The MDA-MB-231 tumors were subjected to intratumoral injection of retroviral vectors for three consecutive days for gene therapy when the tumor volume reached about 100 mm3 (n=11 per group). The growth delay of experimental groups was monitored via serial caliper measurements. On day25, retro-ES-TfR-treated tumors showed a final fractional tumor volume (vfinal/vinitial) of 7.38±0.55, significantly less than the retro-LNCX treated (vfinal/vinitial = 13.2±1.98) and PBS control (vfinal/vinitial =14.9±2.52; P<0.01; Fig. 4a). CD31 staining of paraffin sections of retro-ES-TfR-treated tumors revealed marked degradation and weakening of tumor neovasculature. In contrast, control mice received retro-LNCX showed healthy, mature tumor endothelium (Fig. 4b). Fewer microvessels in tumors treated with retro-ES-TfR (24.6±3.8/mm2) were also found than those treated with retro-LNCX (41.9±2.7/mm2; Fig. 4c, P<0.05).
Recent advances in molecular and cell biology techniques have fueled a rapid increase in our understanding of human diseases. Molecular therapeutic approaches to correct “defects” are also attempted by expressing exogenous genes, imparting additional functions to the cells. Simultaneously, increasing effort has been directed toward identifying ways of monitoring gene delivery and expression noninvasively in vivo [13, 25-27]. Here, we demonstrated that TfR, as an imageable marker gene, could be used to evaluate endostatin therapeutic gene expression in vivo.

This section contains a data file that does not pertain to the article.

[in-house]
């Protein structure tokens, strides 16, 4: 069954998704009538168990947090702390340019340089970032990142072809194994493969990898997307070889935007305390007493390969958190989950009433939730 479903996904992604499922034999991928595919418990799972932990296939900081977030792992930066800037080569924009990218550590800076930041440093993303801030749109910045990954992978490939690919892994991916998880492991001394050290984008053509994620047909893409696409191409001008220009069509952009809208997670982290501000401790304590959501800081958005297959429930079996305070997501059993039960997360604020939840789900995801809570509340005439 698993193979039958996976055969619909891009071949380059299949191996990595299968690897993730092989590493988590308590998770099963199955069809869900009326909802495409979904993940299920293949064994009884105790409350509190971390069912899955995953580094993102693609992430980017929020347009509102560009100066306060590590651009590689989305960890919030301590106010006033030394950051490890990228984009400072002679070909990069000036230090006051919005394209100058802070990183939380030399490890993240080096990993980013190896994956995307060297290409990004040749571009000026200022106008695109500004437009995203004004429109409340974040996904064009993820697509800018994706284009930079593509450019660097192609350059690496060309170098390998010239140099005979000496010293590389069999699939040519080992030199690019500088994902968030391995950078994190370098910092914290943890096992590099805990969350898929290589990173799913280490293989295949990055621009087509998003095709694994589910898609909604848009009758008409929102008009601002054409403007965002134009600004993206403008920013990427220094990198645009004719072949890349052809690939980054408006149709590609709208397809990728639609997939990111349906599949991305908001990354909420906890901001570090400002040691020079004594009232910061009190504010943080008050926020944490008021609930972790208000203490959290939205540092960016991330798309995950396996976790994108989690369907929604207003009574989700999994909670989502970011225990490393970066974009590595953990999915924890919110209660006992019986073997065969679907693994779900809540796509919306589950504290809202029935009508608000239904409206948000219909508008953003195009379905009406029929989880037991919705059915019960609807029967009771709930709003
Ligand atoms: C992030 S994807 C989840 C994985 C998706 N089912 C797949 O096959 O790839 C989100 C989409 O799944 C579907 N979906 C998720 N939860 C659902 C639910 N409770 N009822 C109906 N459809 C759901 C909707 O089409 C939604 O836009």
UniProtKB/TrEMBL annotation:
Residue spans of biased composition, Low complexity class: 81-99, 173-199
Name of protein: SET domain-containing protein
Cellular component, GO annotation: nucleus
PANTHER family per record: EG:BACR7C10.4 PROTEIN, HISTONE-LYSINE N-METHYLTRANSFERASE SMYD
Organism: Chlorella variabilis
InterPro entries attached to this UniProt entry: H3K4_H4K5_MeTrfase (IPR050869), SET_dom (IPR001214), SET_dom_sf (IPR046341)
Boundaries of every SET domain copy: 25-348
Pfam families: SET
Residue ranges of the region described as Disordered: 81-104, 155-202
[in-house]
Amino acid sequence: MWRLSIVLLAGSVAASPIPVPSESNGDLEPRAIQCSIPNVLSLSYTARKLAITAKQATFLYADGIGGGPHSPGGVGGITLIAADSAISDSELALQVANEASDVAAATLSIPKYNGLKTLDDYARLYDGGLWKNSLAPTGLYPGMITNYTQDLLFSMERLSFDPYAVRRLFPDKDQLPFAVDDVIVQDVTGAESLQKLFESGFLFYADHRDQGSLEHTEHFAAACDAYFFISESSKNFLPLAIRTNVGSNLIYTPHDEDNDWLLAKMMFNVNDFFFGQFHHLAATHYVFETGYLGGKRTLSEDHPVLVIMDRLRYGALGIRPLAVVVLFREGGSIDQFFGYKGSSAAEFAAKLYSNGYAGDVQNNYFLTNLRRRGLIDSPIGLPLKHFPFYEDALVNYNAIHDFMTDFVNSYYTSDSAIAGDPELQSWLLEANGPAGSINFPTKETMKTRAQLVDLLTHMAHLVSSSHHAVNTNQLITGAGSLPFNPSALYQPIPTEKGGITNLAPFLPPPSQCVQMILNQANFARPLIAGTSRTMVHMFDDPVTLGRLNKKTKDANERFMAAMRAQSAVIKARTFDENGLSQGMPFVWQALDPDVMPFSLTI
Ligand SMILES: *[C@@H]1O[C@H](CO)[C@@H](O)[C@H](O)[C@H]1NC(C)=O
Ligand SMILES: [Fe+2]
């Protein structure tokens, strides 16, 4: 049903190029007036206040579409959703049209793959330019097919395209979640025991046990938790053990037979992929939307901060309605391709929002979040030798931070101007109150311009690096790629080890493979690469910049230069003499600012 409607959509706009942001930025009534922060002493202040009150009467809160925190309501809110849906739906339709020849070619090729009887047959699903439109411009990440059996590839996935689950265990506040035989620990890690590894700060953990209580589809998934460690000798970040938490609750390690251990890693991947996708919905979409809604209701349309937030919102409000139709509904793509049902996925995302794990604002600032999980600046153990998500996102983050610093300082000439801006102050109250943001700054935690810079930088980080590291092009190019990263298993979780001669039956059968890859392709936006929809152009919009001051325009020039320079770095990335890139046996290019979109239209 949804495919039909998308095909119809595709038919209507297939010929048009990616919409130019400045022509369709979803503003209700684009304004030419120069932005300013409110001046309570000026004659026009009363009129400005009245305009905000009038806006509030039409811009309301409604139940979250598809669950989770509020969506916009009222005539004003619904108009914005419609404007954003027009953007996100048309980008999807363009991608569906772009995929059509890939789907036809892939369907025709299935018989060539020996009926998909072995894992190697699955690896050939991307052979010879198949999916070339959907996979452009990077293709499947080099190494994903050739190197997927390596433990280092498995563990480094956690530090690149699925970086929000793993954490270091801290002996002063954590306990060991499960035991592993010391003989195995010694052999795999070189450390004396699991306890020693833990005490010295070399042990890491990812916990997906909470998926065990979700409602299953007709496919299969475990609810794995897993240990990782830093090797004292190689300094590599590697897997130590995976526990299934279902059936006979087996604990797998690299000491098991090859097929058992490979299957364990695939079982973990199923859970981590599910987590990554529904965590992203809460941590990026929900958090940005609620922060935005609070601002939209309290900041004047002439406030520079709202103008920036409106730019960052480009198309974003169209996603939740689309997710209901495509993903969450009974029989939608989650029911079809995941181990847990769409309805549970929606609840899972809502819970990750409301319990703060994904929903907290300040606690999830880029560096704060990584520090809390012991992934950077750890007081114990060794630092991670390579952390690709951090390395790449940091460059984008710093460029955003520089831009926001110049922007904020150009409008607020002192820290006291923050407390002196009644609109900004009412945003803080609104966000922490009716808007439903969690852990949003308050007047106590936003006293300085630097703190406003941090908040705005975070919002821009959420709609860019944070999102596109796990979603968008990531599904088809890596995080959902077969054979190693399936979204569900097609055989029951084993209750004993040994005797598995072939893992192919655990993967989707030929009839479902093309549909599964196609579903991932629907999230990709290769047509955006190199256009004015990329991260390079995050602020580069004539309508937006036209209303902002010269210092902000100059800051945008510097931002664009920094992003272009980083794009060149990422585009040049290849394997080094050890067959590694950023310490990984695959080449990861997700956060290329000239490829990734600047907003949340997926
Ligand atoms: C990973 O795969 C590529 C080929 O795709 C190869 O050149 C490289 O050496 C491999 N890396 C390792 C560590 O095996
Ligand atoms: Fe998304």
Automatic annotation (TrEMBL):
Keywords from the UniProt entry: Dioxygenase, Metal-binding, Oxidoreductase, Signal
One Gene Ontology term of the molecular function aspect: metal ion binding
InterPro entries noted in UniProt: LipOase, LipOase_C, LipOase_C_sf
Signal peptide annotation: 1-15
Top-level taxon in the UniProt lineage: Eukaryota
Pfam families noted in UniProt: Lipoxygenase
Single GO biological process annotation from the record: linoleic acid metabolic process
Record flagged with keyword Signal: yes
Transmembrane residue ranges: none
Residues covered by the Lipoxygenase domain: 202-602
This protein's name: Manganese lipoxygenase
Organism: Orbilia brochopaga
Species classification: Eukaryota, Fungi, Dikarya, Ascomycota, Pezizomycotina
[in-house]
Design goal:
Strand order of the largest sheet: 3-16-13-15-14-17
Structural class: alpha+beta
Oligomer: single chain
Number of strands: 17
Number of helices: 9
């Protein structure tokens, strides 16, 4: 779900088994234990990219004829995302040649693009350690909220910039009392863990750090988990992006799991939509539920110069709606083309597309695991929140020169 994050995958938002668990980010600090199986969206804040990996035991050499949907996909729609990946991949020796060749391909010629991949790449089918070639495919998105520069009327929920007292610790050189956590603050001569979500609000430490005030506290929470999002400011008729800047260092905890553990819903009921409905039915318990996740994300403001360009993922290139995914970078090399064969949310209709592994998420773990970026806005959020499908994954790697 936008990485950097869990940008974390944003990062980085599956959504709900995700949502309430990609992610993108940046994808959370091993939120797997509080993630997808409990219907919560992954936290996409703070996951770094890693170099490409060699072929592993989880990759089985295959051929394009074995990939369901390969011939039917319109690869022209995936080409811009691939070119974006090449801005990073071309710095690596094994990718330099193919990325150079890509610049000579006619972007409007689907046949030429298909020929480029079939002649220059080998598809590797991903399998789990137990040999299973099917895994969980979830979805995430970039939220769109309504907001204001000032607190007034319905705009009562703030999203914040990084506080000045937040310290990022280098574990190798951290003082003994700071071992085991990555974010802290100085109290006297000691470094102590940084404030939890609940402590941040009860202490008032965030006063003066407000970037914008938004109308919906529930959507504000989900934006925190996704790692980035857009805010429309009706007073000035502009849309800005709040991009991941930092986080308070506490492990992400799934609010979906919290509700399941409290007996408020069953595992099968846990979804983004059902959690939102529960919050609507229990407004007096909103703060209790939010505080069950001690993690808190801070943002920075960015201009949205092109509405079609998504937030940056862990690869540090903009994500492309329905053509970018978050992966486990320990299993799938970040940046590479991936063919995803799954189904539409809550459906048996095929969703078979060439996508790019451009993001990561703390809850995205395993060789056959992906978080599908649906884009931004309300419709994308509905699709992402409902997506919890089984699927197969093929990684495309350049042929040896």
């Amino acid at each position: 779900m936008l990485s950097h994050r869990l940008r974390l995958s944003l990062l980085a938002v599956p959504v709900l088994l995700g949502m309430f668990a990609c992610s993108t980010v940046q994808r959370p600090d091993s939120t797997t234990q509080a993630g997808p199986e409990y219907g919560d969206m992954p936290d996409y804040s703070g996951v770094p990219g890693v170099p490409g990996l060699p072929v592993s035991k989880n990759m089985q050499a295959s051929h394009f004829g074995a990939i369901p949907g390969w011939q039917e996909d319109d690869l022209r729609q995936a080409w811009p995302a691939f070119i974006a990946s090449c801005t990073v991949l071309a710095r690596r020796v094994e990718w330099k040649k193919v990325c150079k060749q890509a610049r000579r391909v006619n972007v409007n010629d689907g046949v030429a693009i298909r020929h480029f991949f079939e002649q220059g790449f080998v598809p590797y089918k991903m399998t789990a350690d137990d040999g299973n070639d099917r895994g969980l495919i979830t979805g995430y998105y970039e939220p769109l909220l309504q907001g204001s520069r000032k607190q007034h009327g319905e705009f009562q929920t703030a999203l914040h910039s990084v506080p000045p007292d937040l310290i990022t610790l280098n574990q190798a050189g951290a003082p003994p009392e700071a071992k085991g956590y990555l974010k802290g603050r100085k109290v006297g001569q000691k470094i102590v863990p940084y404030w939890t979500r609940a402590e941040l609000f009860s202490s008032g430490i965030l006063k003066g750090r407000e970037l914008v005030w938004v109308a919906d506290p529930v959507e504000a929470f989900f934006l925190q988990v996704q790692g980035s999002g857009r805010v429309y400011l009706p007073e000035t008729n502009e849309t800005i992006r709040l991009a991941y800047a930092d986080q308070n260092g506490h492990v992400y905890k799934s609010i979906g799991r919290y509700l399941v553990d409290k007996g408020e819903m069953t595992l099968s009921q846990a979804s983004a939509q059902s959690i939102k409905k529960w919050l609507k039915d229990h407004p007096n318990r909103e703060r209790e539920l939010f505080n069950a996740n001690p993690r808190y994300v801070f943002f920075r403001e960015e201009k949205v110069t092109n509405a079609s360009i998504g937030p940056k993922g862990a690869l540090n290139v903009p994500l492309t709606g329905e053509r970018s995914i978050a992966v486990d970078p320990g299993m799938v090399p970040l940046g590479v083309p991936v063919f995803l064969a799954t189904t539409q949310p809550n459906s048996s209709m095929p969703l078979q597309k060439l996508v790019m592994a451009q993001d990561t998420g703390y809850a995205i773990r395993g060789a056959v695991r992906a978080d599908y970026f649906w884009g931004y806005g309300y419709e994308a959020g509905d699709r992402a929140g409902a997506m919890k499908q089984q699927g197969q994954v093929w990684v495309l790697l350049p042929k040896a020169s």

First of all, we designed and produced the coexpression retroviral vector with two different transgenes ES and TfR under the control of CMV promoter. Using the recombinant retrovirus, the exogenous genes were integrated into the genome of tumor cells, and continuous expression was obtained. But we reasoned whether the expression of ES was reflected by the expression of TfR. The expression of ES and TfR gene were tested both in vitro and in vivo. As evidenced by Western blot, the ES expression increased in cells treated with retro-ES-TfR, meanwhile, the expression of TfR also was significantly upregulated. After sorting by FACS, the similar result in TfR expression was observed. Western blot also confirmed the simultaneous expression of ES and TfR in vivo after injection of retro-ES-TfR intratumorally. Taken together, these data indicate that: (1) the ES and TfR genes could be successfully transferred into tumor cells, (2) the two different genes were simultaneously expressed after gene transfer, and (3) the expression of TfR could reflect the expression of ES. As the expression of TfR followed with the expression of ES gene on the downstream of the vector, we would be able to use the imageable marker gene to provide readout on the expression of the therapeutic transgenes expressed next .